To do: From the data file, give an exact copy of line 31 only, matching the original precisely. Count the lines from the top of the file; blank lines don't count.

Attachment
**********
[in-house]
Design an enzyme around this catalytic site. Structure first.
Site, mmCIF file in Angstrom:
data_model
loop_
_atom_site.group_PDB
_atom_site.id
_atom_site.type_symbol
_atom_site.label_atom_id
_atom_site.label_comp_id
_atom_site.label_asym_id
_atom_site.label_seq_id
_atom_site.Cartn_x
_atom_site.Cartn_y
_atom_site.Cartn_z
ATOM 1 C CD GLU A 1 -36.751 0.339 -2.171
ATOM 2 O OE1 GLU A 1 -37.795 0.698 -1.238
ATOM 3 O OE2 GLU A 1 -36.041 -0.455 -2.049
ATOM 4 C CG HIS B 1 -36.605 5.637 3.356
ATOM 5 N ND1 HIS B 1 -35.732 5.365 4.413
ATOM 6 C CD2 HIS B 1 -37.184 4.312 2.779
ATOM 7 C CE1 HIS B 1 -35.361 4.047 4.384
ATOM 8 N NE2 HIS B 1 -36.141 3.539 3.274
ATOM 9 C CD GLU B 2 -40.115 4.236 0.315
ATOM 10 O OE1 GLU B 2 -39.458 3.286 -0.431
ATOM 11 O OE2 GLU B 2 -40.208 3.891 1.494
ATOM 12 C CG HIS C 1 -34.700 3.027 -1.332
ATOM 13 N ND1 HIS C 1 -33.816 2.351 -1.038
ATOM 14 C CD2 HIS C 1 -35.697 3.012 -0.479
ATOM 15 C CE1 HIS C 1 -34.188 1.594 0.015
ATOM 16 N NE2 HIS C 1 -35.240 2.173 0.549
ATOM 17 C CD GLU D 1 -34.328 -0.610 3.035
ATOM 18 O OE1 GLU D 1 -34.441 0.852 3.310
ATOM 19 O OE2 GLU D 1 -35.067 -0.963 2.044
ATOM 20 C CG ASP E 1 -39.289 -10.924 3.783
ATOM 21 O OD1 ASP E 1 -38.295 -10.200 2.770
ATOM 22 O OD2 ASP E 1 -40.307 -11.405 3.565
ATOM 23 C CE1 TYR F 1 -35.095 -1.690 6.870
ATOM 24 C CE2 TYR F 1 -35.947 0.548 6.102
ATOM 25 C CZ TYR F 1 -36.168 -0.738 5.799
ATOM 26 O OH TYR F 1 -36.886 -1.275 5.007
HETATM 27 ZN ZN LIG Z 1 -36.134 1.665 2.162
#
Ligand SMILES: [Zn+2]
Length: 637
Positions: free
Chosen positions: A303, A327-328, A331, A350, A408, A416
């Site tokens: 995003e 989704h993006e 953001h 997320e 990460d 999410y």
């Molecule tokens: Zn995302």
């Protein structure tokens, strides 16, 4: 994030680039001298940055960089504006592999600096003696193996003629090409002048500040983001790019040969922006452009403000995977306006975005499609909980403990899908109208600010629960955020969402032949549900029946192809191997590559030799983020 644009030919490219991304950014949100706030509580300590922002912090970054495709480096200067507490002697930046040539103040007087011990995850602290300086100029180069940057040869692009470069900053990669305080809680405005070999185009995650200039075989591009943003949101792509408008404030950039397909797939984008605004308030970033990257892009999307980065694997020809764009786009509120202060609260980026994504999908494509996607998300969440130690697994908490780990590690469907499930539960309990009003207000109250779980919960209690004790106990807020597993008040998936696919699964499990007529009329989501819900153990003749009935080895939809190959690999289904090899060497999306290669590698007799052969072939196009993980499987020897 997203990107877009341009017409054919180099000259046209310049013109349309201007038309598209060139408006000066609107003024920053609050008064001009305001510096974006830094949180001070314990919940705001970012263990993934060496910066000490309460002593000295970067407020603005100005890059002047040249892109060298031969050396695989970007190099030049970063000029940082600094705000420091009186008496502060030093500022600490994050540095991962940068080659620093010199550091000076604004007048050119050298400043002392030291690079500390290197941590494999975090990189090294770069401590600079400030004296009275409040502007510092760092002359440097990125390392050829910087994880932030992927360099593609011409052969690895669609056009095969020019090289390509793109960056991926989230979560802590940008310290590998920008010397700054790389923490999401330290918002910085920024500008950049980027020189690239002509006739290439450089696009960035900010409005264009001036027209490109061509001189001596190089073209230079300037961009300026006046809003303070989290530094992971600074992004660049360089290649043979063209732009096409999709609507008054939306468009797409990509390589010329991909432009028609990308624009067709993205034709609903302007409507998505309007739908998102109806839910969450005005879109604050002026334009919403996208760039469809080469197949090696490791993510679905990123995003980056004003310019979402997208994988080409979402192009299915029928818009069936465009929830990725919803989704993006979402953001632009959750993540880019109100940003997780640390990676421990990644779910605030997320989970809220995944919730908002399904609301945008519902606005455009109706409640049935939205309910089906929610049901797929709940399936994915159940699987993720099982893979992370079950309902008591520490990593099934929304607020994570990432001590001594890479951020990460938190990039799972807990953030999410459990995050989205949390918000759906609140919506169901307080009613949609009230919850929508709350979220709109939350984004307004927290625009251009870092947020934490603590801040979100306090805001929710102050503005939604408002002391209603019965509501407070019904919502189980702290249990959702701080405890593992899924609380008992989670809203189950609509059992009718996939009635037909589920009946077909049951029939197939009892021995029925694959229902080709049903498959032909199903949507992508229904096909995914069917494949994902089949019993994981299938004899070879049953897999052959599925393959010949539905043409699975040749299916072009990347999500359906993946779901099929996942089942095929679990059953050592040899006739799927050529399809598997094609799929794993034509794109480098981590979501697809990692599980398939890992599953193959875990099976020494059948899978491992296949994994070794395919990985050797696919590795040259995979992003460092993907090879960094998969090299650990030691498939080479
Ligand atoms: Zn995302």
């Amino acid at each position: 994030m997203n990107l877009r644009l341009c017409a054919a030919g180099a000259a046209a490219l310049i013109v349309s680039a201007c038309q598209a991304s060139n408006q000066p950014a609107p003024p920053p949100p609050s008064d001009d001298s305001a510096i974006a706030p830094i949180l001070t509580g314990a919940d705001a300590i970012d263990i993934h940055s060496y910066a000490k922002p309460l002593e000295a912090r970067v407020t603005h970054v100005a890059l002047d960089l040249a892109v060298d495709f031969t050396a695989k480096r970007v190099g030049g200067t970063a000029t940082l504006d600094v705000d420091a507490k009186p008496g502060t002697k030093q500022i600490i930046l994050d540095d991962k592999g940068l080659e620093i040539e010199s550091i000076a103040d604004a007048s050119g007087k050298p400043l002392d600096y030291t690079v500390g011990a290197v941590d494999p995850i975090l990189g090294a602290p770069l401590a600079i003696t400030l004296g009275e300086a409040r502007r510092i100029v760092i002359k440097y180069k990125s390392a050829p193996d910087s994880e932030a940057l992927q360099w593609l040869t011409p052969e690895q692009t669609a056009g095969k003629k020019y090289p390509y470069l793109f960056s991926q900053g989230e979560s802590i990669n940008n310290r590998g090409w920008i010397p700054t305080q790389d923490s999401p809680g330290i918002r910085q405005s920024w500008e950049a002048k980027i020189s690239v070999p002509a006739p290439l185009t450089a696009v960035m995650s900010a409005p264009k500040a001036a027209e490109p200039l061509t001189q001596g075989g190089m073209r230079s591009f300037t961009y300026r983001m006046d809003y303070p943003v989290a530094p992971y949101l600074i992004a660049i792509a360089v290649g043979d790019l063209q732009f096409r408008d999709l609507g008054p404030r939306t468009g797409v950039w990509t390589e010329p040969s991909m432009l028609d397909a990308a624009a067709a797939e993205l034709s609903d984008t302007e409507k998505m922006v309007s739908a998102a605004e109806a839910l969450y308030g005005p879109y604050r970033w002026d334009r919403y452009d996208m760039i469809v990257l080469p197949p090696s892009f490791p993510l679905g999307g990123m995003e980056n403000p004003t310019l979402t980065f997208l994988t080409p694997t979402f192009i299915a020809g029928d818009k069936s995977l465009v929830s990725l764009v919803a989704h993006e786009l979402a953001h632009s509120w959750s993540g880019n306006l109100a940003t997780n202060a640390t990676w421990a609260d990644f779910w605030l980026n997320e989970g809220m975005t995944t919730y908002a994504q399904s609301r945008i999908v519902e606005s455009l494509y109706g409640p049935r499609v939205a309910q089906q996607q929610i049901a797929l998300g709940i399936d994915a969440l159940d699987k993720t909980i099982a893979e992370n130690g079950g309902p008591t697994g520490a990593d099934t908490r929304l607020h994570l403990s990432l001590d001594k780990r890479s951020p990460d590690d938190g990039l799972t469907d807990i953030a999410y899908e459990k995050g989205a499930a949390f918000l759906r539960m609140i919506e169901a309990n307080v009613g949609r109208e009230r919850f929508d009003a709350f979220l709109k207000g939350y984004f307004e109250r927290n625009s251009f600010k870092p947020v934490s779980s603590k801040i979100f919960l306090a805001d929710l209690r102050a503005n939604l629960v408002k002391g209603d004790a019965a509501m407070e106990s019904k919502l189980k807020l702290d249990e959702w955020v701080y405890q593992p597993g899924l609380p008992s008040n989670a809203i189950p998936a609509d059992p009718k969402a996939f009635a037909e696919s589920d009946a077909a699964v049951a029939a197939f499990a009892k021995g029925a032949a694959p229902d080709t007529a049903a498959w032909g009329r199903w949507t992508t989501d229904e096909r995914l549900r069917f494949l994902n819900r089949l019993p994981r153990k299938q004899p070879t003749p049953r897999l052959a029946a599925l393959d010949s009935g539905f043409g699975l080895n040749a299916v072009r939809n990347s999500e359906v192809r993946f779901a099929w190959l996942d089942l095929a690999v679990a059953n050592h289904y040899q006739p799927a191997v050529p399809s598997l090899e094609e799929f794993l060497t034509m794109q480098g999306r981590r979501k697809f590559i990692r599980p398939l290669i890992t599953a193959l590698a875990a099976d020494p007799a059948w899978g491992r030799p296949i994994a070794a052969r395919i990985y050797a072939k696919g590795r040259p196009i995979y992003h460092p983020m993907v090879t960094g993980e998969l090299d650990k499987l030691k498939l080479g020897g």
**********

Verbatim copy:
ATOM 16 N NE2 HIS C 1 -35.240 2.173 0.549